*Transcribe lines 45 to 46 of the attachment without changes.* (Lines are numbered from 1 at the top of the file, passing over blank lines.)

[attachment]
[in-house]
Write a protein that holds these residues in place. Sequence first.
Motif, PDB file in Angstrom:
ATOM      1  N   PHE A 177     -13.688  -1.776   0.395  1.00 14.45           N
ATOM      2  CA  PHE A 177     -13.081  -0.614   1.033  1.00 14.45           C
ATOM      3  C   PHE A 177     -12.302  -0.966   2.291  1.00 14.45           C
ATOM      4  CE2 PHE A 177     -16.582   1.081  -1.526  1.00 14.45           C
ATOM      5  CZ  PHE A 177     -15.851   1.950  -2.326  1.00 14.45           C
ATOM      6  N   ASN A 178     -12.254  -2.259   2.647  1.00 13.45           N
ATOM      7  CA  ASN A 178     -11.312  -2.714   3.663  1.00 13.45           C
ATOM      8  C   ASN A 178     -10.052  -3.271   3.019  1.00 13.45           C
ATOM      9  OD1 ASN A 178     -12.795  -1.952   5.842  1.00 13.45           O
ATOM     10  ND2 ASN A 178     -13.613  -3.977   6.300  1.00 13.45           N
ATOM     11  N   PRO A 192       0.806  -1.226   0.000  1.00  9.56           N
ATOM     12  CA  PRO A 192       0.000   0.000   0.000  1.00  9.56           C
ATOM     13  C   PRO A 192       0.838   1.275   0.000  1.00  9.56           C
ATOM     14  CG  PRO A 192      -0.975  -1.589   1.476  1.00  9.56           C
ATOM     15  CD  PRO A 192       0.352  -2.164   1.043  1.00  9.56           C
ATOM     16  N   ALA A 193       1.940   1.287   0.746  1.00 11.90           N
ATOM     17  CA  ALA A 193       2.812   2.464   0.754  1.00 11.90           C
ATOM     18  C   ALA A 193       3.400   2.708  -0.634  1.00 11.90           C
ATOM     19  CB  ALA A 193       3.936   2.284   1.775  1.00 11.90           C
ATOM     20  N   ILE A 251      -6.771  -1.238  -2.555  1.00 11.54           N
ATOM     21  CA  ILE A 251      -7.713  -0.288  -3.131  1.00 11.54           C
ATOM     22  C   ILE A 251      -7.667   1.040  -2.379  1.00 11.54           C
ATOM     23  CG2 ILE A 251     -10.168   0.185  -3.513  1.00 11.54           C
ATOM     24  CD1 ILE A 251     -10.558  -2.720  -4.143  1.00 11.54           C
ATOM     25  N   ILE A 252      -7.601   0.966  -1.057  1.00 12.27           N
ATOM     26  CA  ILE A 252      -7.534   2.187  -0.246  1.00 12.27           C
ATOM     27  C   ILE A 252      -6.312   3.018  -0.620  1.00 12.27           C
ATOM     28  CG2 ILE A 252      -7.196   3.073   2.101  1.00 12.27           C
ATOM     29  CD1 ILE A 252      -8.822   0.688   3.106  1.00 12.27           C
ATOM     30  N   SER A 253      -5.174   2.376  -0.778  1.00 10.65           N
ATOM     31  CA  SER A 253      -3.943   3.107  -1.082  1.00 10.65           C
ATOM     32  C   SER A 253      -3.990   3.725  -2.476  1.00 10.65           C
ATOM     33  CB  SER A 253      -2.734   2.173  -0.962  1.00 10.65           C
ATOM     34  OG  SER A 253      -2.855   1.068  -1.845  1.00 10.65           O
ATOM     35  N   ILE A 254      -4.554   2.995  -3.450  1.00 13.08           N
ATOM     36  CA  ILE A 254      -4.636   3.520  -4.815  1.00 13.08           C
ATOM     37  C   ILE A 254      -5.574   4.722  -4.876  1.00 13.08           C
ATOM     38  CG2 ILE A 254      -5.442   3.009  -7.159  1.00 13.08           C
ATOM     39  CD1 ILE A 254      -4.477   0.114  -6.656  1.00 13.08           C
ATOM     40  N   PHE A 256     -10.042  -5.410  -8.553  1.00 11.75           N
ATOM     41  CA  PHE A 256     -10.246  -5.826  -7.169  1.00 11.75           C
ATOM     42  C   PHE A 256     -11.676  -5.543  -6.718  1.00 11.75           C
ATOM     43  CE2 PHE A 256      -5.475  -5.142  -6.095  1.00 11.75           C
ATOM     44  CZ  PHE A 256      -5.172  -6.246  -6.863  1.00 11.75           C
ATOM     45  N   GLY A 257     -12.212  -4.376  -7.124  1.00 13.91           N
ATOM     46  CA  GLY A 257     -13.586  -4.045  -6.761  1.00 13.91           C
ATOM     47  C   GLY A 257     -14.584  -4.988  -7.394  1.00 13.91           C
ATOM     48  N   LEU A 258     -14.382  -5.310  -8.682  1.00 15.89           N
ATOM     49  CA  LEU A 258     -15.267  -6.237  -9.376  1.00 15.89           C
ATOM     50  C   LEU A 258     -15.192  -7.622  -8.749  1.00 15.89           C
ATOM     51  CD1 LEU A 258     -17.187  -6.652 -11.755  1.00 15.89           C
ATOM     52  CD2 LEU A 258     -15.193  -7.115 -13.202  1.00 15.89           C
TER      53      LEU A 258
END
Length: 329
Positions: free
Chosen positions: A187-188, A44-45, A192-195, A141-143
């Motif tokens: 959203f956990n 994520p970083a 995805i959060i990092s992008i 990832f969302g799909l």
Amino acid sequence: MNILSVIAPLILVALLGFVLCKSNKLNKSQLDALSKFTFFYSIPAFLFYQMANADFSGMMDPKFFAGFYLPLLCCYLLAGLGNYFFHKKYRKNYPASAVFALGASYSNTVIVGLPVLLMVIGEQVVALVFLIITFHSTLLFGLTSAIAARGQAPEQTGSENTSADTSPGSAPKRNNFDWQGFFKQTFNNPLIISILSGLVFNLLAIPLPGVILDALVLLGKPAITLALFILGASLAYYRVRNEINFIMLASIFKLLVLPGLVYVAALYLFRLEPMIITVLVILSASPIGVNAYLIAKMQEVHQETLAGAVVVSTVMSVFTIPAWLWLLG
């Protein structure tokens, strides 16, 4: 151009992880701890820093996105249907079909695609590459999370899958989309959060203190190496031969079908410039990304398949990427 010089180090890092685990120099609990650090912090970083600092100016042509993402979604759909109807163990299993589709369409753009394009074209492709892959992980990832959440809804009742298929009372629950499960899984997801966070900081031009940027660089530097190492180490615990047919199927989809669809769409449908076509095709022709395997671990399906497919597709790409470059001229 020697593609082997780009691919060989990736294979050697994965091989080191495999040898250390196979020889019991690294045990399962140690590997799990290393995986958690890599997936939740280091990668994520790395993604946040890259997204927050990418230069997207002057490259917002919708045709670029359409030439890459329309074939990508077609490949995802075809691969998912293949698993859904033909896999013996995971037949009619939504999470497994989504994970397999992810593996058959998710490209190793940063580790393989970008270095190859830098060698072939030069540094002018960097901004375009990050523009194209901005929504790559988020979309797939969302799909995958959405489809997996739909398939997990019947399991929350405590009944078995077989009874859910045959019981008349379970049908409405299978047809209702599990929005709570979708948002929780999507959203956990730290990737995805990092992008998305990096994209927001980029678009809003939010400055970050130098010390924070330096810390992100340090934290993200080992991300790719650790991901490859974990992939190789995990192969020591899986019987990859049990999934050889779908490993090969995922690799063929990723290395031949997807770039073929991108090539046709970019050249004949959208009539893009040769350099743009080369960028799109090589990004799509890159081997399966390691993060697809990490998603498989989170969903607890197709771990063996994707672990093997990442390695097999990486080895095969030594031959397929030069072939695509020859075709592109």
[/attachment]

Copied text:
ATOM     42  C   PHE A 256     -11.676  -5.543  -6.718  1.00 11.75           C
ATOM     43  CE2 PHE A 256      -5.475  -5.142  -6.095  1.00 11.75           C